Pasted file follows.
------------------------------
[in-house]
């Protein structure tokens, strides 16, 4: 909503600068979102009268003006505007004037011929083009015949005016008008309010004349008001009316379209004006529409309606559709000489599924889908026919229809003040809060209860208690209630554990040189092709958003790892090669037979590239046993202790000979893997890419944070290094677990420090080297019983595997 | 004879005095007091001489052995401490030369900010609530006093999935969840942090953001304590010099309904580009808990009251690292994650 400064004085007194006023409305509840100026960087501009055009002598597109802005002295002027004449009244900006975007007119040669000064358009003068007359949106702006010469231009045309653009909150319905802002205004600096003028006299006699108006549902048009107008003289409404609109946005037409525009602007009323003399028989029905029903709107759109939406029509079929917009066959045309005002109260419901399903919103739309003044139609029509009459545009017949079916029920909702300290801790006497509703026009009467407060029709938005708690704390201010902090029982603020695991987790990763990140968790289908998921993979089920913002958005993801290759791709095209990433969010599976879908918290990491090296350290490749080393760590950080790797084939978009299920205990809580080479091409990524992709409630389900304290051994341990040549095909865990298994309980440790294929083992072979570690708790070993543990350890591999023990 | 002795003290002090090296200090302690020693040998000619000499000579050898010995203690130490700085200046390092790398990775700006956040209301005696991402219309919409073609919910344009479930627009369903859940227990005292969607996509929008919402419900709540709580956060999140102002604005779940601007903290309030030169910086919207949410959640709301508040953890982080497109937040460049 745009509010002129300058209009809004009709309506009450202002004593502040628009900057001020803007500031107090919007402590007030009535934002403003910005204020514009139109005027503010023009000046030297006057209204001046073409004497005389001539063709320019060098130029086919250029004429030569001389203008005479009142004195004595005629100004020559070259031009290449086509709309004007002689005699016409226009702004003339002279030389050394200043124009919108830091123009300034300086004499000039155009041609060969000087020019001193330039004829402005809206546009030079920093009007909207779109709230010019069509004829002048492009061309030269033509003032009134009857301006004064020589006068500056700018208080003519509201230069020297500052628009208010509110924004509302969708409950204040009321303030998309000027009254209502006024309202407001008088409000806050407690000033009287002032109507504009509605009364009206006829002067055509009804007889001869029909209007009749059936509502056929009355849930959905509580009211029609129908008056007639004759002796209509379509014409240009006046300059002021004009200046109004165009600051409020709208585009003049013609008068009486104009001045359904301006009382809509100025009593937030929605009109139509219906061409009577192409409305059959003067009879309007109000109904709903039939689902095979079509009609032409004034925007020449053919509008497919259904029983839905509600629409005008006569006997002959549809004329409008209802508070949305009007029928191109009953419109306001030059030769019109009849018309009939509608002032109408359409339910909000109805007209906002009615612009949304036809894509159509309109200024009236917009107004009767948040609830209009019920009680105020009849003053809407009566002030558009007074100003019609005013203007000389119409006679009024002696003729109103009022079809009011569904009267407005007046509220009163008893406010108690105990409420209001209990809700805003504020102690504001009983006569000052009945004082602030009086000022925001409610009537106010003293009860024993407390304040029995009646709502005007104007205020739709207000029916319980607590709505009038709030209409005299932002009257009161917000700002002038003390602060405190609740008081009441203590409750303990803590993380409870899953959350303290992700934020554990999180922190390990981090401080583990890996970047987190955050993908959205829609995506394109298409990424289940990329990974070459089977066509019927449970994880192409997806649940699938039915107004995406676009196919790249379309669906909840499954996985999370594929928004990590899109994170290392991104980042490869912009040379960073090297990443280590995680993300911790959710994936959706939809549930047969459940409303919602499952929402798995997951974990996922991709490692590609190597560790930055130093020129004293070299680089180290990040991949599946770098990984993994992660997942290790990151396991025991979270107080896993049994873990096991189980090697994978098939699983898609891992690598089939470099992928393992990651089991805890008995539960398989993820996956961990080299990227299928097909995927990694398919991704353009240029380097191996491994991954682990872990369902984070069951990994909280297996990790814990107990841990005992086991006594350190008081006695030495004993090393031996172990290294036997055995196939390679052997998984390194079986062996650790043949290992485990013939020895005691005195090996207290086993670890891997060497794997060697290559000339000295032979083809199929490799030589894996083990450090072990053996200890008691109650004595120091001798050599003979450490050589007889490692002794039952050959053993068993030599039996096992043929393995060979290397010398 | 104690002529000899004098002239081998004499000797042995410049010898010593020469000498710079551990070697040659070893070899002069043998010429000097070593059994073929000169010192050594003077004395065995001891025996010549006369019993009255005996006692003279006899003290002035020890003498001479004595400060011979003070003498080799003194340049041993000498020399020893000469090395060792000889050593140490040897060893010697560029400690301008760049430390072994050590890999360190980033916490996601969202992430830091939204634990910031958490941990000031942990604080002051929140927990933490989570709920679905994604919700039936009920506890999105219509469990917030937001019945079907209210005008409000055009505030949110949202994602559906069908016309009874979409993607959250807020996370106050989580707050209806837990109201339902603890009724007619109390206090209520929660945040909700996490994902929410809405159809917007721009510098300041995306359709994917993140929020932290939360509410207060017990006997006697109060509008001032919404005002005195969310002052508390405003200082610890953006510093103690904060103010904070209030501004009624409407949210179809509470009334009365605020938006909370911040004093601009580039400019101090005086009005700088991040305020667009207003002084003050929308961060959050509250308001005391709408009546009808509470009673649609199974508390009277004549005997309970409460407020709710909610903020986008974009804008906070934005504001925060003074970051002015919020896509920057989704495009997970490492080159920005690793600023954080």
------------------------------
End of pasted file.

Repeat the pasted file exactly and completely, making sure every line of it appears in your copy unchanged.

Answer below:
[in-house]
């Protein structure tokens, strides 16, 4: 909503600068979102009268003006505007004037011929083009015949005016008008309010004349008001009316379209004006529409309606559709000489599924889908026919229809003040809060209860208690209630554990040189092709958003790892090669037979590239046993202790000979893997890419944070290094677990420090080297019983595997 | 004879005095007091001489052995401490030369900010609530006093999935969840942090953001304590010099309904580009808990009251690292994650 400064004085007194006023409305509840100026960087501009055009002598597109802005002295002027004449009244900006975007007119040669000064358009003068007359949106702006010469231009045309653009909150319905802002205004600096003028006299006699108006549902048009107008003289409404609109946005037409525009602007009323003399028989029905029903709107759109939406029509079929917009066959045309005002109260419901399903919103739309003044139609029509009459545009017949079916029920909702300290801790006497509703026009009467407060029709938005708690704390201010902090029982603020695991987790990763990140968790289908998921993979089920913002958005993801290759791709095209990433969010599976879908918290990491090296350290490749080393760590950080790797084939978009299920205990809580080479091409990524992709409630389900304290051994341990040549095909865990298994309980440790294929083992072979570690708790070993543990350890591999023990 | 002795003290002090090296200090302690020693040998000619000499000579050898010995203690130490700085200046390092790398990775700006956040209301005696991402219309919409073609919910344009479930627009369903859940227990005292969607996509929008919402419900709540709580956060999140102002604005779940601007903290309030030169910086919207949410959640709301508040953890982080497109937040460049 745009509010002129300058209009809004009709309506009450202002004593502040628009900057001020803007500031107090919007402590007030009535934002403003910005204020514009139109005027503010023009000046030297006057209204001046073409004497005389001539063709320019060098130029086919250029004429030569001389203008005479009142004195004595005629100004020559070259031009290449086509709309004007002689005699016409226009702004003339002279030389050394200043124009919108830091123009300034300086004499000039155009041609060969000087020019001193330039004829402005809206546009030079920093009007909207779109709230010019069509004829002048492009061309030269033509003032009134009857301006004064020589006068500056700018208080003519509201230069020297500052628009208010509110924004509302969708409950204040009321303030998309000027009254209502006024309202407001008088409000806050407690000033009287002032109507504009509605009364009206006829002067055509009804007889001869029909209007009749059936509502056929009355849930959905509580009211029609129908008056007639004759002796209509379509014409240009006046300059002021004009200046109004165009600051409020709208585009003049013609008068009486104009001045359904301006009382809509100025009593937030929605009109139509219906061409009577192409409305059959003067009879309007109000109904709903039939689902095979079509009609032409004034925007020449053919509008497919259904029983839905509600629409005008006569006997002959549809004329409008209802508070949305009007029928191109009953419109306001030059030769019109009849018309009939509608002032109408359409339910909000109805007209906002009615612009949304036809894509159509309109200024009236917009107004009767948040609830209009019920009680105020009849003053809407009566002030558009007074100003019609005013203007000389119409006679009024002696003729109103009022079809009011569904009267407005007046509220009163008893406010108690105990409420209001209990809700805003504020102690504001009983006569000052009945004082602030009086000022925001409610009537106010003293009860024993407390304040029995009646709502005007104007205020739709207000029916319980607590709505009038709030209409005299932002009257009161917000700002002038003390602060405190609740008081009441203590409750303990803590993380409870899953959350303290992700934020554990999180922190390990981090401080583990890996970047987190955050993908959205829609995506394109298409990424289940990329990974070459089977066509019927449970994880192409997806649940699938039915107004995406676009196919790249379309669906909840499954996985999370594929928004990590899109994170290392991104980042490869912009040379960073090297990443280590995680993300911790959710994936959706939809549930047969459940409303919602499952929402798995997951974990996922991709490692590609190597560790930055130093020129004293070299680089180290990040991949599946770098990984993994992660997942290790990151396991025991979270107080896993049994873990096991189980090697994978098939699983898609891992690598089939470099992928393992990651089991805890008995539960398989993820996956961990080299990227299928097909995927990694398919991704353009240029380097191996491994991954682990872990369902984070069951990994909280297996990790814990107990841990005992086991006594350190008081006695030495004993090393031996172990290294036997055995196939390679052997998984390194079986062996650790043949290992485990013939020895005691005195090996207290086993670890891997060497794997060697290559000339000295032979083809199929490799030589894996083990450090072990053996200890008691109650004595120091001798050599003979450490050589007889490692002794039952050959053993068993030599039996096992043929393995060979290397010398 | 104690002529000899004098002239081998004499000797042995410049010898010593020469000498710079551990070697040659070893070899002069043998010429000097070593059994073929000169010192050594003077004395065995001891025996010549006369019993009255005996006692003279006899003290002035020890003498001479004595400060011979003070003498080799003194340049041993000498020399020893000469090395060792000889050593140490040897060893010697560029400690301008760049430390072994050590890999360190980033916490996601969202992430830091939204634990910031958490941990000031942990604080002051929140927990933490989570709920679905994604919700039936009920506890999105219509469990917030937001019945079907209210005008409000055009505030949110949202994602559906069908016309009874979409993607959250807020996370106050989580707050209806837990109201339902603890009724007619109390206090209520929660945040909700996490994902929410809405159809917007721009510098300041995306359709994917993140929020932290939360509410207060017990006997006697109060509008001032919404005002005195969310002052508390405003200082610890953006510093103690904060103010904070209030501004009624409407949210179809509470009334009365605020938006909370911040004093601009580039400019101090005086009005700088991040305020667009207003002084003050929308961060959050509250308001005391709408009546009808509470009673649609199974508390009277004549005997309970409460407020709710909610903020986008974009804008906070934005504001925060003074970051002015919020896509920057989704495009997970490492080159920005690793600023954080």